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15 Amp Vs 20 Amp Outlet | Know The Differences

Some call them Receptacles. Some call them Outlets. Regardless of the name, they are one of the important parts of a residential electrical system. You can plug electric cords into these outlets and provide power to different electrical and electronic appliances. In a typical residential setup, you will find two types of receptacle outlets very frequently. They are the 15A Outlet and the 20A Outlet. If you are installing a new circuit and outlets in your house and are confused between 15 Amp and 20 Amp Outlets, then this guide is just for you.

Here, we will understand the basics of both 15 Amp and 20 Amp Outlets. After that, we will find the differences between them by comparing 15 Amp vs 20 Amp Outlets against their typical use cases, power, wire sizes, and many other important parameters.

A Brief Note on Outlets

Receptacles or Outlets are the gateways to electrical power in a house. Before understanding the importance of a Receptacle, let us briefly understand how electricity reaches your home. The following explanation is an extremely simplified version of a typical electricity generation and distribution system.

It all starts at the Power Plant. Be it thermal, hydro, or nuclear, irrespective of the source of energy all power plants generate alternating current at a potential of a few tens of kilovolts. Large transformers step this voltage up to a few hundreds of kilovolts to transmit it over large distances.

As it reaches the local substations, the high voltage is stepped down to tens of kilovolts (33kV for industrial needs or 11kV for residential needs) and is then transmitted to different streets.

Local distribution transformers (street transformers or pole transformers) step down this voltage to 120V. You will receive 120V (or 240V) from your utility and this reaches the main service panel.

From the service panel, we distribute the electricity to different parts of the house by designing proper circuits. This is where the receptacles come into play.

A Receptacle is an electrical device that helps us access the home’s electrical system with plug-based appliances and devices such as lamps, refrigerators, washers, ovens, computers, and many more.

What is a 15A Outlet?

A 120V 15A Outlet is one of the most popular and most common types of electrical outlets or receptacles for residential use. You can use appliances that draw power up to 1,800 Watts (120V × 15A = 1,800W) with a 15 Amp Outlet.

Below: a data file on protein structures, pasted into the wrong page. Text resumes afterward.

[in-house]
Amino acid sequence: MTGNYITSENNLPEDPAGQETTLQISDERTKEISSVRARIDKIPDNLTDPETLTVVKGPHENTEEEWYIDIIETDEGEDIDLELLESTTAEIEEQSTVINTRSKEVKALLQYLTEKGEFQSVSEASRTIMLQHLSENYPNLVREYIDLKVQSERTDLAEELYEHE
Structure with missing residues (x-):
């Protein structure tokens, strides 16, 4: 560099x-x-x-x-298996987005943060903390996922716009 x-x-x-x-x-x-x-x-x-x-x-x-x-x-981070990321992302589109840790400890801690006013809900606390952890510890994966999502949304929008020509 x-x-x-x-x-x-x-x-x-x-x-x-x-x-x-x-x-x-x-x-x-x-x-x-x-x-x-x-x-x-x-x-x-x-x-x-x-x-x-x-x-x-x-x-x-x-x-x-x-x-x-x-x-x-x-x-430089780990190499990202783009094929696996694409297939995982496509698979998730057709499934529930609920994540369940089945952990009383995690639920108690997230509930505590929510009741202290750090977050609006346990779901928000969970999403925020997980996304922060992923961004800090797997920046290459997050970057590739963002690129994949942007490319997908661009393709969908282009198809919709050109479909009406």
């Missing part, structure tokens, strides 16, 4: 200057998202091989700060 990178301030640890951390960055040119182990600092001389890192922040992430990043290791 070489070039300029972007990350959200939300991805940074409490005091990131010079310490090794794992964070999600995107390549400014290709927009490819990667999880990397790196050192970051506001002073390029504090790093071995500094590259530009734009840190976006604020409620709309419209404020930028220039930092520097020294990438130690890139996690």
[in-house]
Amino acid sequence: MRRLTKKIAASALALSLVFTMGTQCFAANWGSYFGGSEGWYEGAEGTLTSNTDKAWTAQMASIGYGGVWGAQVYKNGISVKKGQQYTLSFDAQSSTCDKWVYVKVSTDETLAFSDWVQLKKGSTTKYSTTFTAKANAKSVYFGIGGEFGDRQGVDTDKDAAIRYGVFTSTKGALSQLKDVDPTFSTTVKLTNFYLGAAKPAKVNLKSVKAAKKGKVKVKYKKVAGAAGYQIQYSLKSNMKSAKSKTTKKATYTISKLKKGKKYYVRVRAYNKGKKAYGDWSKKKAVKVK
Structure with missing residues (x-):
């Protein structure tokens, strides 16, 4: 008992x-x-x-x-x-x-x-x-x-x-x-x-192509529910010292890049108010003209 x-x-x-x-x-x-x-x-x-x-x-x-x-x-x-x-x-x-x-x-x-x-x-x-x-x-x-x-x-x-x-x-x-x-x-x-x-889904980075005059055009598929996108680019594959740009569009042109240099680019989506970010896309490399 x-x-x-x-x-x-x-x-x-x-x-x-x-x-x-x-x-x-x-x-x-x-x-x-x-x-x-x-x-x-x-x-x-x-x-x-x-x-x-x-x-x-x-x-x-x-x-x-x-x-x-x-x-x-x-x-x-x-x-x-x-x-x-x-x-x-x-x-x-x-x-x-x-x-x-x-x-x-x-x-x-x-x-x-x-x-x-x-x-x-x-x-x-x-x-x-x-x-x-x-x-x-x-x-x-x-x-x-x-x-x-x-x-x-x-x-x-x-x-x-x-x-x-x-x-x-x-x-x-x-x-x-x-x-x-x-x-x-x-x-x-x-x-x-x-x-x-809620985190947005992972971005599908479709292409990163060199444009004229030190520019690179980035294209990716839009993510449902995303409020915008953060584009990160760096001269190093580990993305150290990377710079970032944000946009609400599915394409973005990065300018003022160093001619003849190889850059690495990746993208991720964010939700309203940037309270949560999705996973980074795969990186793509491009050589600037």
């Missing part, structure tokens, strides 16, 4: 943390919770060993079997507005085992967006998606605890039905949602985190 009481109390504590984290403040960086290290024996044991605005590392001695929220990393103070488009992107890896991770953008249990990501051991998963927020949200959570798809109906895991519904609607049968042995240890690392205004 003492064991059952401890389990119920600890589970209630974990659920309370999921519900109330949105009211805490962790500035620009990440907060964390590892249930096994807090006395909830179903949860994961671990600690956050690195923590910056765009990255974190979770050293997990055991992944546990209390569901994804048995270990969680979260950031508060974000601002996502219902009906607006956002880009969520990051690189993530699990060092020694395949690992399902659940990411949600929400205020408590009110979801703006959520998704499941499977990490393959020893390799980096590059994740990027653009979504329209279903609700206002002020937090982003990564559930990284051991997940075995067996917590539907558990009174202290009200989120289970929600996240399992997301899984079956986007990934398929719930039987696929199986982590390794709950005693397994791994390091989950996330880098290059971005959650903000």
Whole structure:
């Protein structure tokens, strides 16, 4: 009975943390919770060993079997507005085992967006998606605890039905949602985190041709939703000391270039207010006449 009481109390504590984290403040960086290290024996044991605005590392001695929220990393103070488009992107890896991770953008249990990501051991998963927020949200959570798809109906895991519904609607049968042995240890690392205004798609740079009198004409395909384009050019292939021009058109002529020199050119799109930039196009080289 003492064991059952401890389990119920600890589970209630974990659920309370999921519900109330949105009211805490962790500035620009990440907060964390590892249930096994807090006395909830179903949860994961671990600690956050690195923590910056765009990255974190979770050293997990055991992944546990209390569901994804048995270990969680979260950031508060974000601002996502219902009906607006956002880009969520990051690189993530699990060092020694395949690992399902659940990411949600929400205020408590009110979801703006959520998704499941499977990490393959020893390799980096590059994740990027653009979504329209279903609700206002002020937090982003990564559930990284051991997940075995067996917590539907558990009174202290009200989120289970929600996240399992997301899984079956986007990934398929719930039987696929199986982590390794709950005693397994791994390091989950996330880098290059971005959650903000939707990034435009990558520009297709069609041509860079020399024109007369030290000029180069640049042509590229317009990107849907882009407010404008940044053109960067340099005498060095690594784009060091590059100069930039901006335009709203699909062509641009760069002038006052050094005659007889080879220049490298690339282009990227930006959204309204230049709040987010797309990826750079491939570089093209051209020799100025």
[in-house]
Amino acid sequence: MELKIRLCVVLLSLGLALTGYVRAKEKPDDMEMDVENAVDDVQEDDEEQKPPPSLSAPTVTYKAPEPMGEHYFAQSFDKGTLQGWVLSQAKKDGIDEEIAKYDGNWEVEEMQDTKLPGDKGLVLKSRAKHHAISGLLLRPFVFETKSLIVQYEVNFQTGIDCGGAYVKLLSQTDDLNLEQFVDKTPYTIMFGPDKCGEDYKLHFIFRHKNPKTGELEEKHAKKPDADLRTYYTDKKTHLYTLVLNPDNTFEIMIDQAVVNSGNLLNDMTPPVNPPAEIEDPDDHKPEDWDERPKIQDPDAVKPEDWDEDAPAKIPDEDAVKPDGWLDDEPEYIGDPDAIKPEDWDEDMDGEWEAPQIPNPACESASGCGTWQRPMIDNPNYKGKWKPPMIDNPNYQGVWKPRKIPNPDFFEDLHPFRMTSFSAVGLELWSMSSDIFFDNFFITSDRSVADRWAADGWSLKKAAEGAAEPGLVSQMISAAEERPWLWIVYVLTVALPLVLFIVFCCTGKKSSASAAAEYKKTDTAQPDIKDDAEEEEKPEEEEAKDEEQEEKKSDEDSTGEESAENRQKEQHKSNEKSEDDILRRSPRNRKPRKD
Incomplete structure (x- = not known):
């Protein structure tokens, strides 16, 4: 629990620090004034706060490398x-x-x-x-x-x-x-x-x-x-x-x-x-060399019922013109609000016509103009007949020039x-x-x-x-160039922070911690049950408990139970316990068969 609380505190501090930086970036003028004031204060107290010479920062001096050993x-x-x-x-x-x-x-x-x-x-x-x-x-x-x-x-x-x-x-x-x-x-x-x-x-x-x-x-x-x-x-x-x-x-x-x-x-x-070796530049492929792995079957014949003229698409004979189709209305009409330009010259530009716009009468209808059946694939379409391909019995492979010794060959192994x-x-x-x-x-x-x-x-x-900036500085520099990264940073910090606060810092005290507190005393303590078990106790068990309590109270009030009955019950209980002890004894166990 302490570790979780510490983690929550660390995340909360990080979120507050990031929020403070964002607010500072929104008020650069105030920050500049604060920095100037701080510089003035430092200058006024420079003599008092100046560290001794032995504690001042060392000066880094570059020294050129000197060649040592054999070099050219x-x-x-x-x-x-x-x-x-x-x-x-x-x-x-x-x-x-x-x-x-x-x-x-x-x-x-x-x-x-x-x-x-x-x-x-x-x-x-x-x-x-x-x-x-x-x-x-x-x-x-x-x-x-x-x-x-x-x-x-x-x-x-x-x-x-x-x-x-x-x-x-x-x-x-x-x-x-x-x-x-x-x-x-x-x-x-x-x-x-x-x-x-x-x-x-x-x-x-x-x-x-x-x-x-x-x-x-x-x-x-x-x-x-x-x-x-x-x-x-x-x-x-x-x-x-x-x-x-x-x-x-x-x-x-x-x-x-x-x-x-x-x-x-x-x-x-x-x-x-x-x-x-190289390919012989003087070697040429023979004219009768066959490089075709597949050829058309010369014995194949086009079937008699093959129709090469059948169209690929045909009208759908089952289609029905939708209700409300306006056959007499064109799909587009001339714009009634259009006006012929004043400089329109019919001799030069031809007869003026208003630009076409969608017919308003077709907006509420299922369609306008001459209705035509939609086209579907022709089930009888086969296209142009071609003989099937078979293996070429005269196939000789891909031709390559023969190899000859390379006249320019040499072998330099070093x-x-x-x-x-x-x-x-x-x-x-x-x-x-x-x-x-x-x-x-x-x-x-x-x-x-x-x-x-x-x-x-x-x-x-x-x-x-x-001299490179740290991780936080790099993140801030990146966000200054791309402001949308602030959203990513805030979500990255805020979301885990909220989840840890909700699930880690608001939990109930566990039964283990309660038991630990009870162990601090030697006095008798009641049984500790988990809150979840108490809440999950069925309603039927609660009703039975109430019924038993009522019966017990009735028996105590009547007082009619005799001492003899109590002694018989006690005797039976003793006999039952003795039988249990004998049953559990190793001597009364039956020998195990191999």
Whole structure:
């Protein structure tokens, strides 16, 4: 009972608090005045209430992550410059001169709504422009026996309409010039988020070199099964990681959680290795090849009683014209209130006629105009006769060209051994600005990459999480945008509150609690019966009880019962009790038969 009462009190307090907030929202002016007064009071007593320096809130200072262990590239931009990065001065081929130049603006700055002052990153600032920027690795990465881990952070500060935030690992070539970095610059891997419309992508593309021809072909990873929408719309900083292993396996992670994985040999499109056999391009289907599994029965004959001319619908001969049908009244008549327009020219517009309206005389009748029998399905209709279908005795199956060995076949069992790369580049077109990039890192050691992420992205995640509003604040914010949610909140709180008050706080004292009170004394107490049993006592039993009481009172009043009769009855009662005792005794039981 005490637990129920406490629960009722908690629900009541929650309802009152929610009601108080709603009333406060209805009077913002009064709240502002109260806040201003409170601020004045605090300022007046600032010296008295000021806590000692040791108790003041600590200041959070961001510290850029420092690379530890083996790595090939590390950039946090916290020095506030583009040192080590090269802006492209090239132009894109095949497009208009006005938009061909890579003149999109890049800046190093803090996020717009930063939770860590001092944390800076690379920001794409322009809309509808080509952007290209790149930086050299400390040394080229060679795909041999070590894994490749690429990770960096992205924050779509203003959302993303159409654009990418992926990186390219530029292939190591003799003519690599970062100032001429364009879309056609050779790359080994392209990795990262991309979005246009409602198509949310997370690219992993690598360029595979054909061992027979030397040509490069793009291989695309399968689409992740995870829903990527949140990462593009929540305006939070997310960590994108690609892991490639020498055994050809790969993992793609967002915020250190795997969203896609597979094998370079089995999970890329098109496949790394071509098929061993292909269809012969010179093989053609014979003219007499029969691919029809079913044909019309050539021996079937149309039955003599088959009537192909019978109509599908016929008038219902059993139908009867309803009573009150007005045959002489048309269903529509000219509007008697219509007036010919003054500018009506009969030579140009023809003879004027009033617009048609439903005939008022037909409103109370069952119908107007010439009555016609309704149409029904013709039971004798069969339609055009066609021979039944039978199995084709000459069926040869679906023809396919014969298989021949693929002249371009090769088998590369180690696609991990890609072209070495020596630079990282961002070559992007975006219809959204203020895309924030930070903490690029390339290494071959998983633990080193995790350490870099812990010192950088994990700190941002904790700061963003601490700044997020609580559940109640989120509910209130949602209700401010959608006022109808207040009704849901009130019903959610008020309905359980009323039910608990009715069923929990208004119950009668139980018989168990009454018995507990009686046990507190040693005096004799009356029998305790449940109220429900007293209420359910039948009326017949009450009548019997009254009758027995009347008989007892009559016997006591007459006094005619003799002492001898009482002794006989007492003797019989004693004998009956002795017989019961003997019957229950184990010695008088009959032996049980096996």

This amount of power is sufficient for several low and medium-power appliances such as lamps, computers, TVs, power adapters for mobile phones, laptops or tablets, and other similar devices. As a result, you can find 15A Outlets in most parts of the house.

Physically, 15 Amp outlets are available in polarized two-slot designs and also three-slot grounded designs. The two-slot polarized 15A Outlet consists of two vertical slots with one slot being longer than the other.

Here, the longer slot is usually Neutral while the shorter slot is Hot. As a result of these uneven lengths, you can insert the plugs in only one orientation. This avoids accidental plugging of hot wire into the neutral slot or vice versa.

The problem with this type of outlet is there is no ground connection. Hence, such outlets are phased out slowly in favor of the much better grounded 15A Outlet.

In a grounded outlet, the two polarized slots remain the same. But in addition to that, there is a third “U” shaped slot that acts as the Ground slot.

Previously, we used to get single outlet style 15 Amp receptacles. But most of them nowadays are duplex-style receptacles i.e., they have two outlets in the same strap.

While Duplex Receptacles dominate the market you also get them in odd configurations with three or more contact devices.

Types of 15A Outlets

You can get the 120V 15A Receptacle in several variants. The Tamper Resistant (TR) is the recommended style for indoor use. The specialty of this type of receptacle is it has tiny shutters preventing any sharp object to be inserted into the slots.